It’s no secret that staying active is important as you age. Regular exercise is one of the most important things older adults can do for their health. It can prevent health issues and help strengthen your muscles so you can keep living life without becoming dependent on others. In fact, the Centers for Disease Control and Prevention (CDC) recommends older adults follow these guidelines for regular weekly aerobic and muscle-strengthening activity.
Now that the days are longer and sunnier, there’s no better time than the present to shake up your regular fitness schedule and try some new summertime activities. After all, there’s no age limit when it comes to trying something new to stay fit. The warm summer weather offers some unique opportunities for older Michiganders to maintain your healthy lifestyle. Here are four activities for the summer that will keep you moving and having fun.
Hit the trails.
There’s no shortage of amazing trails in Michigan, many of them bike-friendly. With over 1,300 miles of bike trails across the upper and lower peninsulas, you’ll find tons of fun places to ride. Grab a friend or family member, and find a new trail or an old favorite to enjoy along with the natural beauty that’s all around us in the Great Lakes state. Biking is a great workout. For example, if you weigh up to 175 pounds and bike at an average rate of 10 mph, you’ll burn 215 to 240 calories per half hour. The calorie burn increases with speed, of course. Just make sure you practice safe riding. If pedaling isn’t your thing, Michigan also has many hiking trails if you prefer to explore on foot. A 160 pound person can burn between 430 and 440 calories per one full hour of hiking. Visit michigan.org for more information on Michigan’s biking and hiking opportunities.
Our state’s zoos, aquariums and animal sanctuaries let you to get up close and personal with some of nature’s most interesting creatures while staying active. Get your daily steps in with a trip to John Ball Zoo, Binder Park Zoo or the Detroit Zoo. At 125 acres, the Detroit Zoo offers a 1.7 mile walk just by sticking to the main paths, and that’s certain to increase if you choose to explore. Not only will your day be filled with fascinating wildlife encounters and a chance to enjoy the view with family or friends, but you’ll also be walking and burning calories the whole time. Be sure to check with each location for operating hours, appointments and other visitor requirements due to COVID-19.
Try a new sport.
Make use of warm weather and try a new outdoor sport. Golf is a relaxing activity that can be played alone or with friends. Ditch the cart and walk those nine or 18 holes for even more exercise. Most golf courses offer discounted greens fees specifically for seniors. Tennis is another great outdoor sport that can be enjoyed at all ages. Bring a friend to a local tennis court. When the summer heat gets to be too much, take up swimming as a way to stay cool and get your heart pumping. Swimming is an effective low-impact exercise for older adults that puts limited stress on the body. Be sure to practice swimming safely whether you’re jumping into a pool, a river or a big lake.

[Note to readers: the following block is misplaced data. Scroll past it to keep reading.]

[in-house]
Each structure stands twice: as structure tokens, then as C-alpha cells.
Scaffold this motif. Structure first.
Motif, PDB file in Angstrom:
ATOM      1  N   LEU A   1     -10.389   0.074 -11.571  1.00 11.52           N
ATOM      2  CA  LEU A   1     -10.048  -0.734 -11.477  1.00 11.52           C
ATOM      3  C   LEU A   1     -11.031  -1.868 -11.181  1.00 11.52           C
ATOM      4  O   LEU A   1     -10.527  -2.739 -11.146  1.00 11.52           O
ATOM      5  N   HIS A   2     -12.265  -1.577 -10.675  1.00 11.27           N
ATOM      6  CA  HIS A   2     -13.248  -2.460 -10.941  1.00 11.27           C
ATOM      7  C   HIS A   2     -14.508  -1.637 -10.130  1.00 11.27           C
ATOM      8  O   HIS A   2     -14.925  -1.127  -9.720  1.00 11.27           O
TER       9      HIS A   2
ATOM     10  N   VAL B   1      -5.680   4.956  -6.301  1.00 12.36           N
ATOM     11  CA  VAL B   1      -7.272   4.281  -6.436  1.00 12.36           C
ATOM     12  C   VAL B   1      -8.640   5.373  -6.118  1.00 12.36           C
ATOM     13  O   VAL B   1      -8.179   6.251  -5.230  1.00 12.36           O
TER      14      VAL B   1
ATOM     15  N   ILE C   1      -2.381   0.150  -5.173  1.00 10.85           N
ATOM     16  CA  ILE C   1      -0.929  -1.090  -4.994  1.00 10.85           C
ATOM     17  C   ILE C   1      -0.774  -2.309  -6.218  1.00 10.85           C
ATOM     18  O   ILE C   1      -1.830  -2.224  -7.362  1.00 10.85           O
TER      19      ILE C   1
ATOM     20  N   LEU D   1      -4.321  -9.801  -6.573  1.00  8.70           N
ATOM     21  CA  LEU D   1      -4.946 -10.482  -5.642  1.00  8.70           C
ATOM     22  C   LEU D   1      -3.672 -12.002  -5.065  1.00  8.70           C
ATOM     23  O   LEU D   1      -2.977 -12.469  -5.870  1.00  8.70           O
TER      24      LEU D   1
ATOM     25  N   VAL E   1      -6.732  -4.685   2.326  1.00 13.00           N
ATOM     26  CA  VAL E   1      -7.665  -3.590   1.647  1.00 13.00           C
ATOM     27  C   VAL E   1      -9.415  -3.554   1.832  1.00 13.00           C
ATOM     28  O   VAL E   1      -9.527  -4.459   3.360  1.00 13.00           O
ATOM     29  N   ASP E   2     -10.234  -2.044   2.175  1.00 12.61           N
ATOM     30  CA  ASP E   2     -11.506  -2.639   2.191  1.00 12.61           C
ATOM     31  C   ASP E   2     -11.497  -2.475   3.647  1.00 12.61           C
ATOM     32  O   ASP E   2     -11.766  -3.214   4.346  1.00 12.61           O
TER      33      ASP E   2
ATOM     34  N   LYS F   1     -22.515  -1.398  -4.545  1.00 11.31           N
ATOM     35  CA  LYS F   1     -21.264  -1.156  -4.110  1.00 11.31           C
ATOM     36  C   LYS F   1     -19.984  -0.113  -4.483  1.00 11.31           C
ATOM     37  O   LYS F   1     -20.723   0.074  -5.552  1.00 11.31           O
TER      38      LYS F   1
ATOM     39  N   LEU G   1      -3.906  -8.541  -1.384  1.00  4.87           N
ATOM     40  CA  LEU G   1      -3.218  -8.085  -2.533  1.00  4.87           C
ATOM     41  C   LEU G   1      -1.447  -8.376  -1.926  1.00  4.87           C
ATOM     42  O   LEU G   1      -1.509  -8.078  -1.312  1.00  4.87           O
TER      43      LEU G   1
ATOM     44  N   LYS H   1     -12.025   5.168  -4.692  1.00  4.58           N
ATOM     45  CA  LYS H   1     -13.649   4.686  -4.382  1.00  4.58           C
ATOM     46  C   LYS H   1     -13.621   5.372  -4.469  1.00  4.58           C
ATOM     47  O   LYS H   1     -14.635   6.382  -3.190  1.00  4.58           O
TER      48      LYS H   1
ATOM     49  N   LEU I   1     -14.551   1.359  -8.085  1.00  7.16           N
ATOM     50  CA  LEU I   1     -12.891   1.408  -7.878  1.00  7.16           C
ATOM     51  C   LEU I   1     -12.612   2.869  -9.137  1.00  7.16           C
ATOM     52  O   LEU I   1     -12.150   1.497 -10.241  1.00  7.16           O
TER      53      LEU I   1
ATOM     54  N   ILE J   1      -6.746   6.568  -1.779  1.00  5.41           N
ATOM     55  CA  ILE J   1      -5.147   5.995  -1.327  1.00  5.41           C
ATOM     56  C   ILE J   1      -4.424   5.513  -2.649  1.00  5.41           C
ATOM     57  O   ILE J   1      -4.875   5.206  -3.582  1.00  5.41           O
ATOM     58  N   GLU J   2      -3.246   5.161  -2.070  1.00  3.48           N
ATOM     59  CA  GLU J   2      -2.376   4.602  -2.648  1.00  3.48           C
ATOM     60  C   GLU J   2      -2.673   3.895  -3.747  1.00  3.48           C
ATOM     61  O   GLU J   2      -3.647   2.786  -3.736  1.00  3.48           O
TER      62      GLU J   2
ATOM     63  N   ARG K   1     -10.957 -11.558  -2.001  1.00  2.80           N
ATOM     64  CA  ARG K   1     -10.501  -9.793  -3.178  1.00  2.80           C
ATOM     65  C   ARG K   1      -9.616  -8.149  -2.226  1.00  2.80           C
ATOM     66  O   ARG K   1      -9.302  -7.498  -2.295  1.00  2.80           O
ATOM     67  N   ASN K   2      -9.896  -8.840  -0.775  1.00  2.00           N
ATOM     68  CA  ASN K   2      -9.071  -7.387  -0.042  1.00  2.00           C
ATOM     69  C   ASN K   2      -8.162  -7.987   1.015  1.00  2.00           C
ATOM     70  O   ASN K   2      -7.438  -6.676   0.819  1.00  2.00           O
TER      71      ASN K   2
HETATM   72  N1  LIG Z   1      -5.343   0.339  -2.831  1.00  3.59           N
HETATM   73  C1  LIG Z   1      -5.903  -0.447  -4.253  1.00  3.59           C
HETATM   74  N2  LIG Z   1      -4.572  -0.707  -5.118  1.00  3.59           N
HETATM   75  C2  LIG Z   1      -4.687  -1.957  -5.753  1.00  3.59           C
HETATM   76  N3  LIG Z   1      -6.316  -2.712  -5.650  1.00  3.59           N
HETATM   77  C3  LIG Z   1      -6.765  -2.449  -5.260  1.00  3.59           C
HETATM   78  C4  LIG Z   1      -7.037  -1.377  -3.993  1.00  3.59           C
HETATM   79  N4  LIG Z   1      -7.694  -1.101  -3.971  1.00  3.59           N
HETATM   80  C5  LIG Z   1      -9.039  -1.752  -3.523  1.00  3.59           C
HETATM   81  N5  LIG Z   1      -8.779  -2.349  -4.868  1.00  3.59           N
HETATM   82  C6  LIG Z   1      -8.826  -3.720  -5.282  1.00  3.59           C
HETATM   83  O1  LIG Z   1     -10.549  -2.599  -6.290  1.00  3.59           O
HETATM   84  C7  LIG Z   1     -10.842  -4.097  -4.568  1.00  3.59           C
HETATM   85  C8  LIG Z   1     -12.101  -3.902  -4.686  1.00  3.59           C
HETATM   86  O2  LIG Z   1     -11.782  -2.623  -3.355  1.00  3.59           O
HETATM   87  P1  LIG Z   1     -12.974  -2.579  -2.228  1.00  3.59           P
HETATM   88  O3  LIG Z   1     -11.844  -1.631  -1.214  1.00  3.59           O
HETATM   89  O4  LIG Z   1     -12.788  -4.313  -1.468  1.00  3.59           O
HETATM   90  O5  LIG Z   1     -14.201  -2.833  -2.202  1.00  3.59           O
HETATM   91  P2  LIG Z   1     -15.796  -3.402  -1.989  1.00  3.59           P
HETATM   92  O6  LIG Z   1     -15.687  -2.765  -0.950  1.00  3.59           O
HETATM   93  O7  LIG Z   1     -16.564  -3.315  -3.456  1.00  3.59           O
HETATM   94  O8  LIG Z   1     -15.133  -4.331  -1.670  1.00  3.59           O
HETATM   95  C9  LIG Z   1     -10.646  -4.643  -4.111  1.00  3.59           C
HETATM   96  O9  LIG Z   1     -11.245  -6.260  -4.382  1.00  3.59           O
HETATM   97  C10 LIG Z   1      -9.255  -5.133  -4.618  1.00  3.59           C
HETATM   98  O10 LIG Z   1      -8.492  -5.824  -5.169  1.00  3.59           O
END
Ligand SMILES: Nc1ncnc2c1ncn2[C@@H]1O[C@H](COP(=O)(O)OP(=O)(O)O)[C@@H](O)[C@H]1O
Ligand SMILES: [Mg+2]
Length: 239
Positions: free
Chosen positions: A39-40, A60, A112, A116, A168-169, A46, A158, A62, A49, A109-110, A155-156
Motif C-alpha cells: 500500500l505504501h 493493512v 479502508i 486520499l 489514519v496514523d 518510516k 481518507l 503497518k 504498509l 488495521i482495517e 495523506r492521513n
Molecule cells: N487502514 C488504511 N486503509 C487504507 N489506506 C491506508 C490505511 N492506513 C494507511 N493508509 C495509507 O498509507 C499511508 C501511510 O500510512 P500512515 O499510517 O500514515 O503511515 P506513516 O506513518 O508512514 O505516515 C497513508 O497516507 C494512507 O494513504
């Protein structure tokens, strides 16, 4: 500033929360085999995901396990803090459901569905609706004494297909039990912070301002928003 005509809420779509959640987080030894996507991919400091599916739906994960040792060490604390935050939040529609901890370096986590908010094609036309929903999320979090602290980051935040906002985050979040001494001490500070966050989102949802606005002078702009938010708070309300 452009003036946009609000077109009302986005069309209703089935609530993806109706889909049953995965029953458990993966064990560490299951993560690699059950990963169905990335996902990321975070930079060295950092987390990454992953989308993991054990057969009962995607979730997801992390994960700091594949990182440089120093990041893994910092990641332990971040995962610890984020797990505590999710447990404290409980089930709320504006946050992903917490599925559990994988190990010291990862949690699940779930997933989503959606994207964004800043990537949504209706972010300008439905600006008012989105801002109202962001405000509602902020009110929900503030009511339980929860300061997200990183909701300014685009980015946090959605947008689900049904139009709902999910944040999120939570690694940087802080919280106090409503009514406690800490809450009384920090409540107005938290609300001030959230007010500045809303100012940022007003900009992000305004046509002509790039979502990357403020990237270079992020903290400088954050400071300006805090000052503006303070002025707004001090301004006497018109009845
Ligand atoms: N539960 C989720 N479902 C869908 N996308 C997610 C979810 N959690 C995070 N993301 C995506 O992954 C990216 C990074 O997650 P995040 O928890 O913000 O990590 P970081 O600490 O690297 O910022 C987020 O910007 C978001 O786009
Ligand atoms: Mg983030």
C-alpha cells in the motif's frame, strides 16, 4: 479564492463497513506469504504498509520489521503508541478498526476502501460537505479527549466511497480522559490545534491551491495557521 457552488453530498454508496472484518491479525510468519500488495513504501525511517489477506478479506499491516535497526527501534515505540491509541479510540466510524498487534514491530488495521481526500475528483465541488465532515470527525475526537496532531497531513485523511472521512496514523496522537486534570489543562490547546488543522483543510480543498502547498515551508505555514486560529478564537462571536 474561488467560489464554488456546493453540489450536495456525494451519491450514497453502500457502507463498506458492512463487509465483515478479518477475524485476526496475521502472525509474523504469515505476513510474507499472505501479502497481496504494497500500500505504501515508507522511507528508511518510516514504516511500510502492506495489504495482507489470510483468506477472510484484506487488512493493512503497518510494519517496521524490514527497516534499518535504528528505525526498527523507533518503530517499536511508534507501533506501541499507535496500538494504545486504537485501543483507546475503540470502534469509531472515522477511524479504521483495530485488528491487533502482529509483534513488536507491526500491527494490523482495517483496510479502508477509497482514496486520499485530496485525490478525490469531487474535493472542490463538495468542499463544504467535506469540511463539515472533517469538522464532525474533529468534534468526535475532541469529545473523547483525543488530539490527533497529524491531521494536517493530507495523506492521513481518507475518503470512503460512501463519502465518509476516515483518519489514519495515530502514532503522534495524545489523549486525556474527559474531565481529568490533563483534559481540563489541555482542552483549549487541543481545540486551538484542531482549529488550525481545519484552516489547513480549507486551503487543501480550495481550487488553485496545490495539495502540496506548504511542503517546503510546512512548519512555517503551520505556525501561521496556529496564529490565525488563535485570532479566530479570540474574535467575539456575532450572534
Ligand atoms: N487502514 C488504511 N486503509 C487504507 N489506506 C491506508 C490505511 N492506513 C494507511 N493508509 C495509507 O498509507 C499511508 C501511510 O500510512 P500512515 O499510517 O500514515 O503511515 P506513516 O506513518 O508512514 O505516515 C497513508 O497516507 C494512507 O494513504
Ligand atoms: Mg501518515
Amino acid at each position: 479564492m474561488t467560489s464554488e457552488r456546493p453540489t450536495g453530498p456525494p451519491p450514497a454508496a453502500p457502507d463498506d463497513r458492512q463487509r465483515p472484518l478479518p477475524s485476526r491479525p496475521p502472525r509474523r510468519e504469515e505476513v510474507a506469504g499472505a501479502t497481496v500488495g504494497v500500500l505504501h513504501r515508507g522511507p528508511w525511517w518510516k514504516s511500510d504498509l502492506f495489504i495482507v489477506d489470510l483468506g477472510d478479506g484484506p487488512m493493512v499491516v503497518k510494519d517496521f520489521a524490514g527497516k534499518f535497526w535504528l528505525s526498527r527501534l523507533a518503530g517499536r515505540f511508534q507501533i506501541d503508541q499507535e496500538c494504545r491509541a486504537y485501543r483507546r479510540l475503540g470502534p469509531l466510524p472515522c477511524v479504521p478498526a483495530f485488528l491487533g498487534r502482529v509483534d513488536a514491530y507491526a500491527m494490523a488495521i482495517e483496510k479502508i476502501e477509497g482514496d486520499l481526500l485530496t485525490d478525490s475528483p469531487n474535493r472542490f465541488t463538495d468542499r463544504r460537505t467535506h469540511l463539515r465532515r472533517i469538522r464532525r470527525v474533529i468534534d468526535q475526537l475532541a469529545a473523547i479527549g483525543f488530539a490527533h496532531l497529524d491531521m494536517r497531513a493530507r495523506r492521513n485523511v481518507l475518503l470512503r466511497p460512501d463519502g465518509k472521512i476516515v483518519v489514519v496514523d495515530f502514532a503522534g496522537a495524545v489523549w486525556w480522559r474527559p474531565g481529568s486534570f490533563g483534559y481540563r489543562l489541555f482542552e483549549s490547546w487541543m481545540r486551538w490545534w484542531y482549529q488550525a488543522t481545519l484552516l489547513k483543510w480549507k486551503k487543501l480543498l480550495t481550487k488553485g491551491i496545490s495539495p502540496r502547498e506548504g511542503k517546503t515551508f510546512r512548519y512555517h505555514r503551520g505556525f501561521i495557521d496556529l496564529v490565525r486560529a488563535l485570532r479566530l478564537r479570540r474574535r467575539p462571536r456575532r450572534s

Too hot outside? Workout inside.
Working out is a year-round activity and exercising indoors is a great way to beat the heat on the hottest summer days. With gyms closed due to COVID-19, you can still try something new by changing up your regular routine as you workout at home. There are many lower impact virtual options available for seniors via YouTube. Or, check out the SilverSneakers Facebook page, where virtual senior-friendly exercise classes are available every week. For Priority Health Medicare members, SilverSneakers is offering over 200 videos for seniors to work out at home. Access them here.
Consider mixing in weights or resistance bands if you have them. It’s widely agreed that resistance-strength training in older adults can improve overall health and quality of life. According to the CDC, resistance training exercises help you maintain bone density, reduce your risk of falling and can even prevent and treat chronic conditions like osteoporosis and arthritis. Resistance training can also reduce the amount of muscle tissue lost due to the aging process.
There are plenty of ways to stay active this summer for Michiganders of all ages.. Talk to your primary care doctor about what activities are right for you as you age so you can be safe, have fun and stay healthy all year long.
Learn more about resources available to Priority Health Medicare members here.